Good to see u back ...as for .."with the encouragement by the UN and several Western governments. Why? To prevent South Africans from resolving conflicts in Africa".....yes and also make a boat load of cash arming both sides...military industrial complex trumps morality and doing what's right

simon said...

I dont pretend to know the extent of social situations around the world, especially in africa. But Europe and the United States, the prime movers in 'saving the world' are so full of Politically correct thought that to kill an ant would be to take a life of a child. I have stated that I work in Govt. One has to fear even refering to another human being by skin color. Like, hey, who is teaching that training today. Um Rick, Rick who ? Rick the black gentleman from Division X. You get a ghastly look of horror.
What Im saying is that the international bodies have become so engendered with dont touch the butterflies , which we know that ALL human beings are and that those poor poor RUF soldiers (sic) are just misled and if we can talk to them and establish some peace talks, they will understand because we ALL want the same thing.

Basically the world bodies who have so much influence in Africa have decided that there are no Bad guys and that if they can only be reached , peace would break out. Its a mode used quite effectively by America's current administration in the early months, now they are learning that Governing requires much more than, Cant we all just get along ?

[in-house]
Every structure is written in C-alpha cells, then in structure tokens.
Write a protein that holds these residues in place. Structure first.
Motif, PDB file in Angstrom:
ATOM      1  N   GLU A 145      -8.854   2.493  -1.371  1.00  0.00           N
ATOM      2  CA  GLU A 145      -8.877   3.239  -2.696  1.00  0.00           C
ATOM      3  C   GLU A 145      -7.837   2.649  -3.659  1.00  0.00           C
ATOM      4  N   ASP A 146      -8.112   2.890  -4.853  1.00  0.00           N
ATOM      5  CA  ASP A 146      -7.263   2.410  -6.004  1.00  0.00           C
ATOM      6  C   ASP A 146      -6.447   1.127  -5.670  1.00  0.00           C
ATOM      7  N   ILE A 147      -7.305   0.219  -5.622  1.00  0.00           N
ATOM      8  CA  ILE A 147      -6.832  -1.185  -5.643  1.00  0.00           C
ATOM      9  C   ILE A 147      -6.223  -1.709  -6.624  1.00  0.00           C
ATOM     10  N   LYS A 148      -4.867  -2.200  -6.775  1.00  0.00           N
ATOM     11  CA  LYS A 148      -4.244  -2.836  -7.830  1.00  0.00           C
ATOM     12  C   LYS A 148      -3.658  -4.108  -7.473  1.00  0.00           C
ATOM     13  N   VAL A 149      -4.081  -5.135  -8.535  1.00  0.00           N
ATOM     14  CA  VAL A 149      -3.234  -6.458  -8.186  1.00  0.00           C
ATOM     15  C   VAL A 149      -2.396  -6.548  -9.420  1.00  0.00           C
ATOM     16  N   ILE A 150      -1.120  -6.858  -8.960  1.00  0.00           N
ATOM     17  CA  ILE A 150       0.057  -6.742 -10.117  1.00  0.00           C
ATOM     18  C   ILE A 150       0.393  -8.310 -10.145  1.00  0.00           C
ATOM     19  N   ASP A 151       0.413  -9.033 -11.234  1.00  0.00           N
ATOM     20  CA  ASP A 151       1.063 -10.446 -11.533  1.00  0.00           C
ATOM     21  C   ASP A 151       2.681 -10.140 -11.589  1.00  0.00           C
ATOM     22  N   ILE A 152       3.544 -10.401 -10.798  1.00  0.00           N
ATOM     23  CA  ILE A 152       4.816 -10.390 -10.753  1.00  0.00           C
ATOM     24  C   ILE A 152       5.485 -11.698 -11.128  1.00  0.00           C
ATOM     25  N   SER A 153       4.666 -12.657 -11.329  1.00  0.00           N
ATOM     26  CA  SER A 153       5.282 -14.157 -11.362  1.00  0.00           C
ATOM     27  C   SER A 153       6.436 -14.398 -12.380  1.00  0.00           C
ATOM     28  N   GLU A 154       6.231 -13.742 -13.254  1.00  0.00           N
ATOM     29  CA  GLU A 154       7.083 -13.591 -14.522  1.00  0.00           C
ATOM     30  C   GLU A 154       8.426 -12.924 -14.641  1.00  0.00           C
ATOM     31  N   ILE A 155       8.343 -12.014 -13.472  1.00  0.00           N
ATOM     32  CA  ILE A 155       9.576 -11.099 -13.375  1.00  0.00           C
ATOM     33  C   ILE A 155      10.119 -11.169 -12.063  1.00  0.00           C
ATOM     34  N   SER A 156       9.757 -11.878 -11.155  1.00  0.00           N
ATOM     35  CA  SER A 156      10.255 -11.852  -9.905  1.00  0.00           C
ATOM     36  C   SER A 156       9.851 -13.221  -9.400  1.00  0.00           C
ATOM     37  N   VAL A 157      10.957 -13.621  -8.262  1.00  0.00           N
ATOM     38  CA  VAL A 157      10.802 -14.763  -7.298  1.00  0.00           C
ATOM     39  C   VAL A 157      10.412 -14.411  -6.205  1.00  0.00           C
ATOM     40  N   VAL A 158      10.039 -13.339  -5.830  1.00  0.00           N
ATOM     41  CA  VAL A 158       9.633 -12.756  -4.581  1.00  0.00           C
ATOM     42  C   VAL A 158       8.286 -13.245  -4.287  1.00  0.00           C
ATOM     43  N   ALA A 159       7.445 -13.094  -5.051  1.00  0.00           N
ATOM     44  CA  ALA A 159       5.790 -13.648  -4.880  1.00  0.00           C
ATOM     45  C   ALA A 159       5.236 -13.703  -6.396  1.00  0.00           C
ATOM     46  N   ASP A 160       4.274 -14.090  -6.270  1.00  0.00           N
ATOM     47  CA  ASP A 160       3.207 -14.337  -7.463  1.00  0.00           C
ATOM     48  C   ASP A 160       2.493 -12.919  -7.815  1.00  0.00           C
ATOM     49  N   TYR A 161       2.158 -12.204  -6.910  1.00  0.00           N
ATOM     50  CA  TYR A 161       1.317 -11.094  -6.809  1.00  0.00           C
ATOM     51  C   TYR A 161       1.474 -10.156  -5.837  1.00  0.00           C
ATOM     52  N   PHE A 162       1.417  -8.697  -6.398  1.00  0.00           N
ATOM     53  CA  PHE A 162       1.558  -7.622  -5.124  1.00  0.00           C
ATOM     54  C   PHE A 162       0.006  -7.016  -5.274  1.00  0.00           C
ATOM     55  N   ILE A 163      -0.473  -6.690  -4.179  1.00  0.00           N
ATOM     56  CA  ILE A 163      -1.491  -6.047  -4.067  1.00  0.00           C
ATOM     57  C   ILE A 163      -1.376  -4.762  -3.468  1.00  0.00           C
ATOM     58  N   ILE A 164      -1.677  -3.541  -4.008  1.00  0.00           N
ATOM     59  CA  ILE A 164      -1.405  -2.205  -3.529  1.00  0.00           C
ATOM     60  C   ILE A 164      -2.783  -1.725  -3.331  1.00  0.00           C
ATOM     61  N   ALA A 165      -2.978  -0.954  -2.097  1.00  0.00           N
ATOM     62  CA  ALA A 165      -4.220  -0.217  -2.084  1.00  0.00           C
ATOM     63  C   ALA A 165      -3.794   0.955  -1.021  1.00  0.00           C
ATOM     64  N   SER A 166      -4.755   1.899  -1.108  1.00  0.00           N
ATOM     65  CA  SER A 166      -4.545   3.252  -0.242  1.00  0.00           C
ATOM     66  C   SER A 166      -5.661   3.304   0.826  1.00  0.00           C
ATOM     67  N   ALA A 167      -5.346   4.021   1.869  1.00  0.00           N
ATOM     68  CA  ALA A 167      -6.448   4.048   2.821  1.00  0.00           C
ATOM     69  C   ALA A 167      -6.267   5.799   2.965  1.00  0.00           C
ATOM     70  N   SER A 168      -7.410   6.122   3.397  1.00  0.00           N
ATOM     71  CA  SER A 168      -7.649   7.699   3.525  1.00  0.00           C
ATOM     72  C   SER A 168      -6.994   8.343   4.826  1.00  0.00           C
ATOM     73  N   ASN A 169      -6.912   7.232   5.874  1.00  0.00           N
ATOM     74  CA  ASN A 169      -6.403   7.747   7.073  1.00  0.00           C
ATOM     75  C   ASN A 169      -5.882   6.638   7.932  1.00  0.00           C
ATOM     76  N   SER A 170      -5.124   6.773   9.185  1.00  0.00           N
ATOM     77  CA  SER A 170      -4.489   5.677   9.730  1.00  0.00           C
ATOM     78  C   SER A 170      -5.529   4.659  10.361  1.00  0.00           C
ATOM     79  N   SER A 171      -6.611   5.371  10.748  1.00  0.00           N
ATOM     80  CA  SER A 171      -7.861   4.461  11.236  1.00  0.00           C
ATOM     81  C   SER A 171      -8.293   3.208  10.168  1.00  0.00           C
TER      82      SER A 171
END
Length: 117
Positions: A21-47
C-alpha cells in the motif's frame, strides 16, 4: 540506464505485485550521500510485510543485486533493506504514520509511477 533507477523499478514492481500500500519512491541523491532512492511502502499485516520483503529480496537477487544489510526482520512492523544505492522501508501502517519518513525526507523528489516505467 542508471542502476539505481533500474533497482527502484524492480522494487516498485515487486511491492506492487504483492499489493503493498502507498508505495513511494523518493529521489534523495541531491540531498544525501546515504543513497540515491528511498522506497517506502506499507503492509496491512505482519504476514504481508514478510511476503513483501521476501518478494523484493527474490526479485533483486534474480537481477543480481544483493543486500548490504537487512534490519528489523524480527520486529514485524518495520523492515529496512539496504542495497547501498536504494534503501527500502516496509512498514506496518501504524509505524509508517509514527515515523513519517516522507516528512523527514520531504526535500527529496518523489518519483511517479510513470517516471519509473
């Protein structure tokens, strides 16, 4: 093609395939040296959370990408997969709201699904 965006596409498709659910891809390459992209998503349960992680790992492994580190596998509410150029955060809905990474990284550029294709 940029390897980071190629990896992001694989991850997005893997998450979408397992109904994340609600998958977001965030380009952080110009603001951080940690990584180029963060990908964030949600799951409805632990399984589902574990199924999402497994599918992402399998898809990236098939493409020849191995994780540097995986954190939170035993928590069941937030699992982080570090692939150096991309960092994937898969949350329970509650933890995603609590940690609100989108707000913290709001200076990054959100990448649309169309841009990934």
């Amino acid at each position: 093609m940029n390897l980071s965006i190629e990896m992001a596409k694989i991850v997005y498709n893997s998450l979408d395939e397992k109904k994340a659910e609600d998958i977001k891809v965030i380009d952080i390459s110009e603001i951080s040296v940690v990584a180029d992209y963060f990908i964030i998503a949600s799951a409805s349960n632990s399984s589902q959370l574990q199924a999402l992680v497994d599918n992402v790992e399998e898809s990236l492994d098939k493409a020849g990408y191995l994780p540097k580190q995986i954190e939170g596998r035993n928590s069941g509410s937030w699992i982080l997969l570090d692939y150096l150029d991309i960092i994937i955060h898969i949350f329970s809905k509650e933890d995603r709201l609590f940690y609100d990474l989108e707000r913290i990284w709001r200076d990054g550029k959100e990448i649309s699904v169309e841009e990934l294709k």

Forgive my sarcasm but it just rings true.

Eeben Barlow's Milsec Blog said...

Soldiers will never have all of the equipment they want, Alex. However, when they are sent on missions by governments and do not have the basic equipment they require, that is nothing other than a crime. I have been following the story of the Brit troops and it is indeed sad. But, it also takes me back to days when SA was in Angola and how the entire West prevented us from getting the equipment we needed. Helicopters were in short supply, gunships were modified Alouettes and we were faced with an enemy who were, amongst others, using British Mk 7 landmines. I recall an ambush I led outside of a Brigade HQ at Cahama: the radio intercept the following the ambush stated that all of the equipment received from the UK had been destroyed.

Be that as it may, the SADF MPVs were instrumental in saving hundreds of lives from landmines and affording protection to motorised troops. What I find ironic is that the SA government sold-off some of the manufacturers/technology of these vehicles to BAe – what happened to the IP they bought? Or was it disregarded because it came from the “apartheid” army of South Africa? I think of the Buffel, Casper and so forth.

In EO, we had to make do with very little and adapt tactics to the few pieces of kit we did have. But, the commanders on the ground made the best of what they had. The wars in Iraq/Afghanistan are very different in nature but surely the UK government has had sufficient time to plan and prepare critical equipment required by the army? But, politicians make decisions and the soldiers become the casualties of stupidity and short-sightedness.

I have my doubts that Pres Obama’s administration will change much. Africa has grown weary of false promises. I just hope that in my lifetime I will see African governments take responsibility to govern and stop looking outside for help.

I can only shake my head at the resultant chaos that came to Sierra Leone after EO left. But, the UN and the West called it a great success…

Rgds,

Eeben

Eeben Barlow's Milsec Blog said...